Page last updated at 12:32 GMT, Monday, 8 September 2008 13:32 UK

Lehman reshuffles top management

Lehman Brothers office
Lehman has suffered heavy losses from the credit crunch

US investment bank Lehman Brothers has announced a shake-up of its management, as speculation about overseas interest in the firm intensifies.

Eric Felder and Hyung Soon Lee have been named global co-heads of fixed income and there have been a slew of other appointments.

Recent reports have suggested that Japanese brokers Nomura Holdings are considering buying a stake in Lehman.

Korea Development Bank (KDB) has confirmed its interest in a stake.

Last Tuesday, KDB's governor Min Euoo-sung said the state-owned bank was in talks with Lehman with the view to making an investment and injecting capital.

He did not say how big the stake would be, but reports suggest the investment could be in the region of $5.3bn (3bn) for 25% of the company.


The new global co-head Mr Lee had been head of capital markets for Asia, while Mr Felder oversaw the global credit products and municipal finance division.

As well as Mr Felder and Mr Lee's appointments, Riccardo Banchetti and Christian Meissner have been appointed co-chief executive officers of Europe and the Middle East and Jeremy Isaacs retires as chief executive officer for Europe, the Middle East and Asia-Pacific at the end of the year.

The shake-up in key positions is the third in four months and has been viewed as an attempt to draw a line under the bank's recent poor performance.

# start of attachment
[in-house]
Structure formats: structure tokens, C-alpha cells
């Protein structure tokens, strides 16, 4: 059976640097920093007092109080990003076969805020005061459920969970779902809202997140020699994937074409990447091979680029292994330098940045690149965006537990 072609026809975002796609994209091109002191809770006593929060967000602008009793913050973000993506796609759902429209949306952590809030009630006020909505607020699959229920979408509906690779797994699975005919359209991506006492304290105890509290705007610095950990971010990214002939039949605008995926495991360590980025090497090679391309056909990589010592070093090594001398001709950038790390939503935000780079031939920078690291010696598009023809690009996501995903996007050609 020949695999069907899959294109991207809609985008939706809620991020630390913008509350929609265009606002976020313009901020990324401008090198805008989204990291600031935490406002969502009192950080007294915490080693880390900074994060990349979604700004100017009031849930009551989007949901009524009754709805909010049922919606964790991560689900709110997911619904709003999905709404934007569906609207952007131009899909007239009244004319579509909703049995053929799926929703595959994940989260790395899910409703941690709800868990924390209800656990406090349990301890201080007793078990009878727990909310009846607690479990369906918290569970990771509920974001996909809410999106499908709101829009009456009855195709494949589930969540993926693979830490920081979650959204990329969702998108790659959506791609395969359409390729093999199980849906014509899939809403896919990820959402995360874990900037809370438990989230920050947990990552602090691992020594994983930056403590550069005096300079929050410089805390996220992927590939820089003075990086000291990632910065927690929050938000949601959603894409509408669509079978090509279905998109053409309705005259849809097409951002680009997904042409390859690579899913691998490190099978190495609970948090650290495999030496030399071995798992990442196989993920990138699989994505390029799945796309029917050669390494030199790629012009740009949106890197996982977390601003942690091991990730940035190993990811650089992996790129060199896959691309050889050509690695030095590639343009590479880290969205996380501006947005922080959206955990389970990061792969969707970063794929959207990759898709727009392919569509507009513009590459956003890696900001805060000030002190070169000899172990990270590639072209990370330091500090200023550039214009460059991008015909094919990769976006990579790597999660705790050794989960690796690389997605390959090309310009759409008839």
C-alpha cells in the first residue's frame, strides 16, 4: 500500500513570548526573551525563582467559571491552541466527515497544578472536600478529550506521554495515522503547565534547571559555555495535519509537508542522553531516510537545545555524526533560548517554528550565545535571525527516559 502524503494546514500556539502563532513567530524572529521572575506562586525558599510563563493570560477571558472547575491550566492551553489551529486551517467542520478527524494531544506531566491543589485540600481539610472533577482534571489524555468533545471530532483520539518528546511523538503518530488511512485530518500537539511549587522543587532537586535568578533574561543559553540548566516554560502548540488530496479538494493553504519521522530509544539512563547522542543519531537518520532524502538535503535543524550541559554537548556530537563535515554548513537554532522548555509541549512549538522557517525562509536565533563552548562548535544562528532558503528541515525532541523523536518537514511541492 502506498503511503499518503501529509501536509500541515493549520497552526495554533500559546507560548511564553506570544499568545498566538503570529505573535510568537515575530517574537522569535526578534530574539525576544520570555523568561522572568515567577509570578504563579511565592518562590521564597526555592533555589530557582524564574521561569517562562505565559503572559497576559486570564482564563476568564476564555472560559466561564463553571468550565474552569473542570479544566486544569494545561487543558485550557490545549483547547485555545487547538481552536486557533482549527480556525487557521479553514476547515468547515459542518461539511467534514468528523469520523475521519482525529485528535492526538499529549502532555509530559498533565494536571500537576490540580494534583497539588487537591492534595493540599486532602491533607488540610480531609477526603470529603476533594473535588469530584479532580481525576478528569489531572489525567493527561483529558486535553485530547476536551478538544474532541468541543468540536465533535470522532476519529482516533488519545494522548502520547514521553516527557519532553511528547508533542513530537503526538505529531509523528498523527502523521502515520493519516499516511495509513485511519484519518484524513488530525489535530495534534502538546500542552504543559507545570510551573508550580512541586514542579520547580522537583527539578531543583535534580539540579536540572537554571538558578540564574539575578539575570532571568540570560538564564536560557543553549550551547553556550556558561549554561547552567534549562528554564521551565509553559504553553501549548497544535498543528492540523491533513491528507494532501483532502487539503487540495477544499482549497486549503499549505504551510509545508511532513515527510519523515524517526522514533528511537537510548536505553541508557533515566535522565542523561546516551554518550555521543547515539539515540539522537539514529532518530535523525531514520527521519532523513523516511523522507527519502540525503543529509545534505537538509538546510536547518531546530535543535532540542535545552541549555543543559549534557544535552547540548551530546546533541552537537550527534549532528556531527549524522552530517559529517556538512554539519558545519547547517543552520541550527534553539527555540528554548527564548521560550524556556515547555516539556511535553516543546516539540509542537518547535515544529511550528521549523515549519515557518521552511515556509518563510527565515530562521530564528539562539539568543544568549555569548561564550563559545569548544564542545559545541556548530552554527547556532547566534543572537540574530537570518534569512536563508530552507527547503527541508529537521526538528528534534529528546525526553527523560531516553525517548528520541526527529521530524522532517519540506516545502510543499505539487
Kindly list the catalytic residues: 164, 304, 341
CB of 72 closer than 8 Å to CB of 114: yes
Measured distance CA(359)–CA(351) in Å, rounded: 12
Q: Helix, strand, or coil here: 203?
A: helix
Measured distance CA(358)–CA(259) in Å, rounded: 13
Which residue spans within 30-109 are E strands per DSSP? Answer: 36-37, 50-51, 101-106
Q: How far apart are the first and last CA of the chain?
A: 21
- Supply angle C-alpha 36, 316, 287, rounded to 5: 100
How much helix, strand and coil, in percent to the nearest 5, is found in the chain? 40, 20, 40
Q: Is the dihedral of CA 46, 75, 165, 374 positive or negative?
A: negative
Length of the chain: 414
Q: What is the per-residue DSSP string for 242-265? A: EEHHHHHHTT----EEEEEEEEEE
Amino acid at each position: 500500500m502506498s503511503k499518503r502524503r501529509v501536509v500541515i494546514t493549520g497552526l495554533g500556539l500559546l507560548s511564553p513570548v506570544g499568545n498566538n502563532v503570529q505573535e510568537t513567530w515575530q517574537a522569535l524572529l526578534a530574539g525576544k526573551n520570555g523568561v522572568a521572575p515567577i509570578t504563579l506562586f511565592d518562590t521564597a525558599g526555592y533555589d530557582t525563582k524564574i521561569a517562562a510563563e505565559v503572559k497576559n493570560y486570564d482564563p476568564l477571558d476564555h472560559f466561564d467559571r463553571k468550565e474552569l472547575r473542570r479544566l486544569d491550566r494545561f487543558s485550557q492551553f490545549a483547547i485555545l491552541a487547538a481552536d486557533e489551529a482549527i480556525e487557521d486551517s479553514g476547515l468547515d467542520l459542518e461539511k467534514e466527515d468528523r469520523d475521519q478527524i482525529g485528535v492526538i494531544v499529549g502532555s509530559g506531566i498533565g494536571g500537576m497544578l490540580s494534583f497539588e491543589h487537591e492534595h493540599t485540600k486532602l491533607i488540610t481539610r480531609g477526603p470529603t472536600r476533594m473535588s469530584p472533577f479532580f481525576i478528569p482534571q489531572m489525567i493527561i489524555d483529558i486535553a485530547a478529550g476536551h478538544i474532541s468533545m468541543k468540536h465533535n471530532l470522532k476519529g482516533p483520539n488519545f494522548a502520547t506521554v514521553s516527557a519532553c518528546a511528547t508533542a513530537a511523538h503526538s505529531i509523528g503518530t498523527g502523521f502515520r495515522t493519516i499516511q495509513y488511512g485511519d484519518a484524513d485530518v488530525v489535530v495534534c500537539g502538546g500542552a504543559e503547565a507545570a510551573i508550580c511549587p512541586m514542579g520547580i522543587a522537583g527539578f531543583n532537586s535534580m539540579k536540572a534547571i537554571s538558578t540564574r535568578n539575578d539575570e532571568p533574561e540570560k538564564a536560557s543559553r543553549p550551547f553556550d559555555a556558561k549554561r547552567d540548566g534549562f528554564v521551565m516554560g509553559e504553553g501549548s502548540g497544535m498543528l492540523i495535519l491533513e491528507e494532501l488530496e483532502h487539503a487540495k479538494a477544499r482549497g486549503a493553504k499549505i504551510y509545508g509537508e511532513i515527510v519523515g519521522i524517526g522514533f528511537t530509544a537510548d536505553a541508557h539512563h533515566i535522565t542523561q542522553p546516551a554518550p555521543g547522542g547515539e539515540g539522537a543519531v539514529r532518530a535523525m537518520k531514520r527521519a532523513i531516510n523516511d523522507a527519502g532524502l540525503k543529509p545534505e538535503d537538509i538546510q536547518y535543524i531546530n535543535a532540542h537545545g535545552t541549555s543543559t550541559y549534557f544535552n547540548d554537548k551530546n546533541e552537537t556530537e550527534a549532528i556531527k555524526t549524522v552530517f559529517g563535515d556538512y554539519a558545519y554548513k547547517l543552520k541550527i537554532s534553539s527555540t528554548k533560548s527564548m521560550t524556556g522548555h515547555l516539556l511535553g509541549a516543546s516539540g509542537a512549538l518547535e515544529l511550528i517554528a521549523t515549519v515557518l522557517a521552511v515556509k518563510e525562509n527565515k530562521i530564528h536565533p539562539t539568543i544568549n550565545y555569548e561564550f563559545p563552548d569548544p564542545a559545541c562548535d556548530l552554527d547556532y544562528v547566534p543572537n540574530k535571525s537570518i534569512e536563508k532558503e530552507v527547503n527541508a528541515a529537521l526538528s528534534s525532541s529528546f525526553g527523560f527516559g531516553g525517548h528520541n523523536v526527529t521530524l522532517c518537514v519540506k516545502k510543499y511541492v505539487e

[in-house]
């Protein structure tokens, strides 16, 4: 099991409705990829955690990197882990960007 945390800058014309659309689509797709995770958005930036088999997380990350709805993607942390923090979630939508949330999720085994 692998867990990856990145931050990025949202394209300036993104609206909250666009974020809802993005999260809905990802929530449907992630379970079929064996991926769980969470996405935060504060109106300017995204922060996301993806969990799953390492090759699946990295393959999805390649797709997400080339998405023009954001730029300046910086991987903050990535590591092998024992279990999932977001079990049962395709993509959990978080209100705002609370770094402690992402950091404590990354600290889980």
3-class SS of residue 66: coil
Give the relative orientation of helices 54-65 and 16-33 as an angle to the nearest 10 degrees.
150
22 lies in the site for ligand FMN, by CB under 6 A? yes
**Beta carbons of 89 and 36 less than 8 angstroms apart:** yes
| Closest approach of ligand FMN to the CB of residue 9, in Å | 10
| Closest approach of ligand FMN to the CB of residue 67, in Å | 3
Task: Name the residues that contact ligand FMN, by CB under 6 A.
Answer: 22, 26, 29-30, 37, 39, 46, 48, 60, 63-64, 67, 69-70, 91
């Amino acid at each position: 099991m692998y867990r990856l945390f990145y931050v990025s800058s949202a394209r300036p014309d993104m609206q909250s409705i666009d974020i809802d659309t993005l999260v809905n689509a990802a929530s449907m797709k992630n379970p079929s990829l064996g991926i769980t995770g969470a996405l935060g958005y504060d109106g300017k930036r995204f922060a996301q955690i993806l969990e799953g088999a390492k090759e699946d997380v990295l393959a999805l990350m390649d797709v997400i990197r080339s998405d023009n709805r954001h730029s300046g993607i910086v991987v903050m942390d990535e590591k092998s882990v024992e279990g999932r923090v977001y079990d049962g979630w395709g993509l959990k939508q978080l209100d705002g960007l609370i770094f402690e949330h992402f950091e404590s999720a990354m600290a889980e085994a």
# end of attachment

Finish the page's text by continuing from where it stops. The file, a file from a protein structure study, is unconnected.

Shares in Lehman Brothers, the US's fourth largest investment bank, have plummeted more than 75% this year.

It has also announced $7bn in credit crunch-related write-downs and losses since the turmoil began in the global markets last year.

It is expected to announce further losses of up to $4bn when it releases its third quarter results, likely this week.

Foreign interest

Lehman has been linked with a number of overseas financial firms as it tries to shore up its finances.

However, Jun Kwang-woo, chairman of South Korea's financial regulator, has warned KDB to take a cautious approach in dealing with the US bank.

KDB should be "very prudent in its approach to acquiring Lehman given the condition of financial markets at home and abroad," warned Mr Kwang-woo.

It is thought KDB is currently looking for private bank partners with whom to establish a consortium for a deal with Lehman.

A weekend report in Japan newspaper Yomiuri Shimbun suggested the country's largest brokerage group, Nomura Holdings, could also be interested in a deal though the firm has not confirmed this.

Other financial firms from China, Qatar and Abu Dhabi have also been linked to Lehman.

The BBC is not responsible for the content of external internet sites

Has China's housing bubble burst?
How the world's oldest clove tree defied an empire
Why Royal Ballet principal Sergei Polunin quit


Sign in

BBC navigation

Copyright © 2019 BBC. The BBC is not responsible for the content of external sites. Read more.

This page is best viewed in an up-to-date web browser with style sheets (CSS) enabled. While you will be able to view the content of this page in your current browser, you will not be able to get the full visual experience. Please consider upgrading your browser software or enabling style sheets (CSS) if you are able to do so.

Americas Africa Europe Middle East South Asia Asia Pacific